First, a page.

Cover: Los Angeles Today and Tomorrow

Los Angeles Today and Tomorrow

Results of the Los Angeles 2000 Community Survey

Published 1987

by Sandra H. Berry


Download eBook for Free

FormatFile SizeNotes
PDF file 3.3 MB

Use Adobe Acrobat Reader version 10 or higher for the best experience.


Purchase Print Copy

 Format Price
Add to Cart Paperback38 pages $20.00

This report describes a survey undertaken to determine how the people of Los Angeles feel about the quality of their lives, what they see as the region's most serious problems, how they rate the way the problems are being handled, and what they think can and should be done. The survey results, which will help the Los Angeles 2000 Committee develop a strategic plan for the region's future, indicate that (1) most of the area's residents think that life in Los Angeles is good, but are concerned that the future may be less good; (2) people generally agree that quality of life depends most on controlling crime, protecting the environment, and providing good schools; and (3) most people support measures to make life better, including regulating growth and raising some kinds of taxes. Despite general agreement, there are important differences in the levels of concern expressed by different groups about area problems and about what they value most in their communities. These differences strongly follow racial, ethnic, and economic class lines.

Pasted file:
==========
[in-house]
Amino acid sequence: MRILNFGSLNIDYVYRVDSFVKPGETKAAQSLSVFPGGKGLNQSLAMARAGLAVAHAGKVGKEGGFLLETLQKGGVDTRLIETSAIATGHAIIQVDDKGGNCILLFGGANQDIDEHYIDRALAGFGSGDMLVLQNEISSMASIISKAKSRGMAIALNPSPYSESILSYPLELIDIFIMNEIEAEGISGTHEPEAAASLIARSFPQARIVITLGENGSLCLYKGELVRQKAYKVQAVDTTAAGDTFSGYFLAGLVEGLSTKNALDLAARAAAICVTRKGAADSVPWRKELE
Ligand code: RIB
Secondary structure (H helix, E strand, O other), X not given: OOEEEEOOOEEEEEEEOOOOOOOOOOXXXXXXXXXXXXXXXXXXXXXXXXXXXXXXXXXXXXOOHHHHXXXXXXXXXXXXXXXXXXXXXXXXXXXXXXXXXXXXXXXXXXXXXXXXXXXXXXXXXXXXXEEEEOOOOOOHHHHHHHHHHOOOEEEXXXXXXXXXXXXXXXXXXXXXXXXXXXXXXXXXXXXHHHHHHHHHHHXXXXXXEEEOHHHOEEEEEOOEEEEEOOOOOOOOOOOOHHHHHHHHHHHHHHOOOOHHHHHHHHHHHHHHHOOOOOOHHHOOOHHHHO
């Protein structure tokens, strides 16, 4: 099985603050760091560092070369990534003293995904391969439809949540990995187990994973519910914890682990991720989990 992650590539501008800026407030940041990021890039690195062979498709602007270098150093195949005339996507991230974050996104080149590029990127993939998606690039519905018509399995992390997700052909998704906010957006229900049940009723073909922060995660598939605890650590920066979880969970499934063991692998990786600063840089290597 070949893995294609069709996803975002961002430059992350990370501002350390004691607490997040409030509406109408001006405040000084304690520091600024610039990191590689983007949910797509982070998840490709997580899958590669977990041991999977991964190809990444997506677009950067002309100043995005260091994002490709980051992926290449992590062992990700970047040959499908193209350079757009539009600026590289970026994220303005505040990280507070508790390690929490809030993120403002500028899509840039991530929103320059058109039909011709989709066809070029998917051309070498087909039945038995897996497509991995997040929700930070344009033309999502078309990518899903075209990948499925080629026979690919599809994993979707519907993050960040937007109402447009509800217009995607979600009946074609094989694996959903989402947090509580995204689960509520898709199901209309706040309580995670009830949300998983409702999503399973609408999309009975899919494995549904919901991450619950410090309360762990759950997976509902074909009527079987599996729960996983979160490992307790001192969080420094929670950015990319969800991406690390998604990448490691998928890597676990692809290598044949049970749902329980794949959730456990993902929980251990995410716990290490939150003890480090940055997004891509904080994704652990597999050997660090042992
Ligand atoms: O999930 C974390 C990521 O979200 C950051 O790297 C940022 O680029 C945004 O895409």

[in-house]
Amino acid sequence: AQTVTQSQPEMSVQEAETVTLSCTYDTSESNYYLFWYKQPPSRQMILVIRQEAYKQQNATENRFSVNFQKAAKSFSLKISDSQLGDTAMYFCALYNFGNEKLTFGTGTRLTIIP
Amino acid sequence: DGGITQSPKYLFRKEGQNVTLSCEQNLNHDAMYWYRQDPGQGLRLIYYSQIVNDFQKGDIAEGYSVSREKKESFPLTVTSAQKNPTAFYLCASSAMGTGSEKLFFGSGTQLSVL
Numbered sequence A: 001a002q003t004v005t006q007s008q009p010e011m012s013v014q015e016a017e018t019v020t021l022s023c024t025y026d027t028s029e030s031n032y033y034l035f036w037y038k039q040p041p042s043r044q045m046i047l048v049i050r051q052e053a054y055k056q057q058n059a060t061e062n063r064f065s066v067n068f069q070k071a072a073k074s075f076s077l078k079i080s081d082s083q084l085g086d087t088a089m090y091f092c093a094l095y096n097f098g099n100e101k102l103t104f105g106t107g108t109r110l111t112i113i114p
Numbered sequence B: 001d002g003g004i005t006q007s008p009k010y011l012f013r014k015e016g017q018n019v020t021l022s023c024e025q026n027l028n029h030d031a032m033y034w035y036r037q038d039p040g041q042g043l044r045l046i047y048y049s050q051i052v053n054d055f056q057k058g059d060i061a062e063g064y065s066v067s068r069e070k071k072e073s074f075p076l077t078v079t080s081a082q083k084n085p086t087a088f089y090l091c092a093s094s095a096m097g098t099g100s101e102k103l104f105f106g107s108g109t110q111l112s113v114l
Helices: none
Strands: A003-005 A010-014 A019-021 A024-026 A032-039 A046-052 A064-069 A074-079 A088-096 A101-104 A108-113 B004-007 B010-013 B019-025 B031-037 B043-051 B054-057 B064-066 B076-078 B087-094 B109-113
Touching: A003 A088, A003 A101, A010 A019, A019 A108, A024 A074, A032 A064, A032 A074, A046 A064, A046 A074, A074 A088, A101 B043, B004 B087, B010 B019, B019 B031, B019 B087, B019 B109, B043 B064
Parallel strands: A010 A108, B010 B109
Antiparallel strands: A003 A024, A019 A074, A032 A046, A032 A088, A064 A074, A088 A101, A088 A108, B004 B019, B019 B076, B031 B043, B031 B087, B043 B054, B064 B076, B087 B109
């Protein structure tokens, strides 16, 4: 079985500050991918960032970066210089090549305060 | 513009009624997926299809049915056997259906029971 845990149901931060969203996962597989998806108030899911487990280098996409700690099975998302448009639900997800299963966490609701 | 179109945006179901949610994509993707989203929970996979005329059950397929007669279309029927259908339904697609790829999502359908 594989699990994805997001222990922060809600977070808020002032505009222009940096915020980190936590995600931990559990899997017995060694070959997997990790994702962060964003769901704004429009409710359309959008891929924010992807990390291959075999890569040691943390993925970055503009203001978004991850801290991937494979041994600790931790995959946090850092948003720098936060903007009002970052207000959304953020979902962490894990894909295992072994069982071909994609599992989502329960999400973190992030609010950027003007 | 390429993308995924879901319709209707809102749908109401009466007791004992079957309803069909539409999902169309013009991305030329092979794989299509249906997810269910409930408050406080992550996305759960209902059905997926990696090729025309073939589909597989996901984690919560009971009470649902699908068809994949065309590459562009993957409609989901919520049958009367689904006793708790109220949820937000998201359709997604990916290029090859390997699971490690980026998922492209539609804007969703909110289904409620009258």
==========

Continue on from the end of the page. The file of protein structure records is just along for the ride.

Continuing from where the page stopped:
This report is part of the RAND report series. The report was a product of RAND from 1948 to 1993 that represented the principal publication documenting and transmitting RAND's major research findings and final research.

This document and trademark(s) contained herein are protected by law. This representation of RAND intellectual property is provided for noncommercial use only. Unauthorized posting of this publication online is prohibited; linking directly to this product page is encouraged. Permission is required from RAND to reproduce, or reuse in another form, any of its research documents for commercial purposes. For information on reprint and reuse permissions, please visit

RAND is a nonprofit institution that helps improve policy and decisionmaking through research and analysis. RAND's publications do not necessarily reflect the opinions of its research clients and sponsors.